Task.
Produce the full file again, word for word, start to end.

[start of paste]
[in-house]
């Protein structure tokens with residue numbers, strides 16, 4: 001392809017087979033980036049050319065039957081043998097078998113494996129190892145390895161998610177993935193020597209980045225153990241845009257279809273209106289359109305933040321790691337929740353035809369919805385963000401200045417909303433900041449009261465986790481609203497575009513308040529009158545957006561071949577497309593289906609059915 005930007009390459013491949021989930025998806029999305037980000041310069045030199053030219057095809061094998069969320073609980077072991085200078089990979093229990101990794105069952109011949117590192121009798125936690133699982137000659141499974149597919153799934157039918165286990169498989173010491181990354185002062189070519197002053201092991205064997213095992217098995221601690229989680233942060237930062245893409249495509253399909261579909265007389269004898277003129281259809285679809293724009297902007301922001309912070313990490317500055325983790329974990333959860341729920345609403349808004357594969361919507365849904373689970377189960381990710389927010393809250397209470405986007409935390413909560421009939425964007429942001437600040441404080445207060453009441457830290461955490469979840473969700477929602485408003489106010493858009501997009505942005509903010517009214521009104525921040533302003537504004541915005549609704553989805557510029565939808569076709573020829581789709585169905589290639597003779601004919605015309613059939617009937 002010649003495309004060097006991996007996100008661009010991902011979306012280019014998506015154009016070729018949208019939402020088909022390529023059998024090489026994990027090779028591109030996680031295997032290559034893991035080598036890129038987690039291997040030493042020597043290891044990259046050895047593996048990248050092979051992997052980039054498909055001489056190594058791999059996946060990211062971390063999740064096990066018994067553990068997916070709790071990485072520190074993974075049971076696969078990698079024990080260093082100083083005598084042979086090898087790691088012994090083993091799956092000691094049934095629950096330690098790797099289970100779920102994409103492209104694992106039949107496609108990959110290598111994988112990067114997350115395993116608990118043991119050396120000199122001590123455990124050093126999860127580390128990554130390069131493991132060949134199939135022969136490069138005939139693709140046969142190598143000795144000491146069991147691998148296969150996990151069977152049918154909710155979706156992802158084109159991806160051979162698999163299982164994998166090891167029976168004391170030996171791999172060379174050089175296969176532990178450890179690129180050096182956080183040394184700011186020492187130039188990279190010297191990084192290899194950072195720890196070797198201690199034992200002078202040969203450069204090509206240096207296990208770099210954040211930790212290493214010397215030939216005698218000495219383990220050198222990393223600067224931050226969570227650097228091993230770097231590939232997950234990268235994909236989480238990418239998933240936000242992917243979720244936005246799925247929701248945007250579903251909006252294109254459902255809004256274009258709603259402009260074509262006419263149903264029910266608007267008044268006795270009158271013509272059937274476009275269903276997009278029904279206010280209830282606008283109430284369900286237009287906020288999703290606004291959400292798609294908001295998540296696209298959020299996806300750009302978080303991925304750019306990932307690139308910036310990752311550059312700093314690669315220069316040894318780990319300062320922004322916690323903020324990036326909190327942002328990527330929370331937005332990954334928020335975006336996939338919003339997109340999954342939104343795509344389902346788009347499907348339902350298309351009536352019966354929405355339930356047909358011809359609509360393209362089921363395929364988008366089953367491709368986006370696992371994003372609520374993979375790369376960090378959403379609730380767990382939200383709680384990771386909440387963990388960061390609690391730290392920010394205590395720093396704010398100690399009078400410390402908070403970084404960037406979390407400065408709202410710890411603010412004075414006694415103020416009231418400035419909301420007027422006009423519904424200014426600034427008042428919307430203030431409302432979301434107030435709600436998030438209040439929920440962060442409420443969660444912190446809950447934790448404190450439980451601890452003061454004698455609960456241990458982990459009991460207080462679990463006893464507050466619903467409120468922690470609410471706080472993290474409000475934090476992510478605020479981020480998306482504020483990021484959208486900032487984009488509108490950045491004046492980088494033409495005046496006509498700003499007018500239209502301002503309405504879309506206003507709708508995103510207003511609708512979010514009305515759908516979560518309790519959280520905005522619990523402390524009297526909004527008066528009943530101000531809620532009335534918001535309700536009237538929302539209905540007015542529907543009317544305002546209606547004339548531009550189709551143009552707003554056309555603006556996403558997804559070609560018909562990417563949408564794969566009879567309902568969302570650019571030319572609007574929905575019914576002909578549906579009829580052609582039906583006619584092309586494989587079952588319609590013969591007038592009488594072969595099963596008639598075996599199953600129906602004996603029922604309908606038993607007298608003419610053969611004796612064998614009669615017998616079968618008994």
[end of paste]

[in-house]
């Protein structure tokens with residue numbers, strides 16, 4: 001392809017087979033980036049050319065039957081043998097078998113494996129190892145390895161998610177993935193020597209980045225153990241845009257279809273209106289359109305933040321790691337929740353035809369919805385963000401200045417909303433900041449009261465986790481609203497575009513308040529009158545957006561071949577497309593289906609059915 005930007009390459013491949021989930025998806029999305037980000041310069045030199053030219057095809061094998069969320073609980077072991085200078089990979093229990101990794105069952109011949117590192121009798125936690133699982137000659141499974149597919153799934157039918165286990169498989173010491181990354185002062189070519197002053201092991205064997213095992217098995221601690229989680233942060237930062245893409249495509253399909261579909265007389269004898277003129281259809285679809293724009297902007301922001309912070313990490317500055325983790329974990333959860341729920345609403349808004357594969361919507365849904373689970377189960381990710389927010393809250397209470405986007409935390413909560421009939425964007429942001437600040441404080445207060453009441457830290461955490469979840473969700477929602485408003489106010493858009501997009505942005509903010517009214521009104525921040533302003537504004541915005549609704553989805557510029565939808569076709573020829581789709585169905589290639597003779601004919605015309613059939617009937 002010649003495309004060097006991996007996100008661009010991902011979306012280019014998506015154009016070729018949208019939402020088909022390529023059998024090489026994990027090779028591109030996680031295997032290559034893991035080598036890129038987690039291997040030493042020597043290891044990259046050895047593996048990248050092979051992997052980039054498909055001489056190594058791999059996946060990211062971390063999740064096990066018994067553990068997916070709790071990485072520190074993974075049971076696969078990698079024990080260093082100083083005598084042979086090898087790691088012994090083993091799956092000691094049934095629950096330690098790797099289970100779920102994409103492209104694992106039949107496609108990959110290598111994988112990067114997350115395993116608990118043991119050396120000199122001590123455990124050093126999860127580390128990554130390069131493991132060949134199939135022969136490069138005939139693709140046969142190598143000795144000491146069991147691998148296969150996990151069977152049918154909710155979706156992802158084109159991806160051979162698999163299982164994998166090891167029976168004391170030996171791999172060379174050089175296969176532990178450890179690129180050096182956080183040394184700011186020492187130039188990279190010297191990084192290899194950072195720890196070797198201690199034992200002078202040969203450069204090509206240096207296990208770099210954040211930790212290493214010397215030939216005698218000495219383990220050198222990393223600067224931050226969570227650097228091993230770097231590939232997950234990268235994909236989480238990418239998933240936000242992917243979720244936005246799925247929701248945007250579903251909006252294109254459902255809004256274009258709603259402009260074509262006419263149903264029910266608007267008044268006795270009158271013509272059937274476009275269903276997009278029904279206010280209830282606008283109430284369900286237009287906020288999703290606004291959400292798609294908001295998540296696209298959020299996806300750009302978080303991925304750019306990932307690139308910036310990752311550059312700093314690669315220069316040894318780990319300062320922004322916690323903020324990036326909190327942002328990527330929370331937005332990954334928020335975006336996939338919003339997109340999954342939104343795509344389902346788009347499907348339902350298309351009536352019966354929405355339930356047909358011809359609509360393209362089921363395929364988008366089953367491709368986006370696992371994003372609520374993979375790369376960090378959403379609730380767990382939200383709680384990771386909440387963990388960061390609690391730290392920010394205590395720093396704010398100690399009078400410390402908070403970084404960037406979390407400065408709202410710890411603010412004075414006694415103020416009231418400035419909301420007027422006009423519904424200014426600034427008042428919307430203030431409302432979301434107030435709600436998030438209040439929920440962060442409420443969660444912190446809950447934790448404190450439980451601890452003061454004698455609960456241990458982990459009991460207080462679990463006893464507050466619903467409120468922690470609410471706080472993290474409000475934090476992510478605020479981020480998306482504020483990021484959208486900032487984009488509108490950045491004046492980088494033409495005046496006509498700003499007018500239209502301002503309405504879309506206003507709708508995103510207003511609708512979010514009305515759908516979560518309790519959280520905005522619990523402390524009297526909004527008066528009943530101000531809620532009335534918001535309700536009237538929302539209905540007015542529907543009317544305002546209606547004339548531009550189709551143009552707003554056309555603006556996403558997804559070609560018909562990417563949408564794969566009879567309902568969302570650019571030319572609007574929905575019914576002909578549906579009829580052609582039906583006619584092309586494989587079952588319609590013969591007038592009488594072969595099963596008639598075996599199953600129906602004996603029922604309908606038993607007298608003419610053969611004796612064998614009669615017998616079968618008994």